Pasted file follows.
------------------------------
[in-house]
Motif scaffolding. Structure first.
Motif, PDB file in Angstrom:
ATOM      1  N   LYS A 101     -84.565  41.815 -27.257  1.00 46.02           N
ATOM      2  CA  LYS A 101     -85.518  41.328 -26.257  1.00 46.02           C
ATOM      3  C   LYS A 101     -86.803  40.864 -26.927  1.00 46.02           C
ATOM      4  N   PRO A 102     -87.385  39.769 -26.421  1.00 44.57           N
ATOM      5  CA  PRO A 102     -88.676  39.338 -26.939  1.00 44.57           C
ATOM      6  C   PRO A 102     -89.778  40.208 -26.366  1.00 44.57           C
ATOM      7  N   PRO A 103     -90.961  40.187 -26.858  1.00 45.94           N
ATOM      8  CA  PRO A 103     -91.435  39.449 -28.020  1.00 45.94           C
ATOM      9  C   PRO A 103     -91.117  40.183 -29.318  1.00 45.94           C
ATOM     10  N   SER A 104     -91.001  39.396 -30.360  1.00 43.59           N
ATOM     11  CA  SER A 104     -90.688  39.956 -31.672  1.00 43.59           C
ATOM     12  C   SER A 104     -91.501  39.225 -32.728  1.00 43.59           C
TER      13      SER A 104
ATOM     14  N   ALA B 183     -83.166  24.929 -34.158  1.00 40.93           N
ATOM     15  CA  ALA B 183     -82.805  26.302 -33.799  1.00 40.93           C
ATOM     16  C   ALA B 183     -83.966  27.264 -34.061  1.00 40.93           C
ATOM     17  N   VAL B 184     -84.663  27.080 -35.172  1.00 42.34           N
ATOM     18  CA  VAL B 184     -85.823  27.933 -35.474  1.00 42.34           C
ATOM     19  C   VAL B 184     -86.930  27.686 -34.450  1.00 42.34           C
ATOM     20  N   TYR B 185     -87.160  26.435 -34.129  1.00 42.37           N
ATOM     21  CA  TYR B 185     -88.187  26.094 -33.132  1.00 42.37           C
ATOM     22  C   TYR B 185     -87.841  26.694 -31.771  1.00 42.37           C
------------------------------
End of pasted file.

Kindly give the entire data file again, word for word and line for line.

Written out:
[in-house]
Motif scaffolding. Structure first.
Motif, PDB file in Angstrom:
ATOM      1  N   LYS A 101     -84.565  41.815 -27.257  1.00 46.02           N
ATOM      2  CA  LYS A 101     -85.518  41.328 -26.257  1.00 46.02           C
ATOM      3  C   LYS A 101     -86.803  40.864 -26.927  1.00 46.02           C
ATOM      4  N   PRO A 102     -87.385  39.769 -26.421  1.00 44.57           N
ATOM      5  CA  PRO A 102     -88.676  39.338 -26.939  1.00 44.57           C
ATOM      6  C   PRO A 102     -89.778  40.208 -26.366  1.00 44.57           C
ATOM      7  N   PRO A 103     -90.961  40.187 -26.858  1.00 45.94           N
ATOM      8  CA  PRO A 103     -91.435  39.449 -28.020  1.00 45.94           C
ATOM      9  C   PRO A 103     -91.117  40.183 -29.318  1.00 45.94           C
ATOM     10  N   SER A 104     -91.001  39.396 -30.360  1.00 43.59           N
ATOM     11  CA  SER A 104     -90.688  39.956 -31.672  1.00 43.59           C
ATOM     12  C   SER A 104     -91.501  39.225 -32.728  1.00 43.59           C
TER      13      SER A 104
ATOM     14  N   ALA B 183     -83.166  24.929 -34.158  1.00 40.93           N
ATOM     15  CA  ALA B 183     -82.805  26.302 -33.799  1.00 40.93           C
ATOM     16  C   ALA B 183     -83.966  27.264 -34.061  1.00 40.93           C
ATOM     17  N   VAL B 184     -84.663  27.080 -35.172  1.00 42.34           N
ATOM     18  CA  VAL B 184     -85.823  27.933 -35.474  1.00 42.34           C
ATOM     19  C   VAL B 184     -86.930  27.686 -34.450  1.00 42.34           C
ATOM     20  N   TYR B 185     -87.160  26.435 -34.129  1.00 42.37           N
ATOM     21  CA  TYR B 185     -88.187  26.094 -33.132  1.00 42.37           C
ATOM     22  C   TYR B 185     -87.841  26.694 -31.771  1.00 42.37           C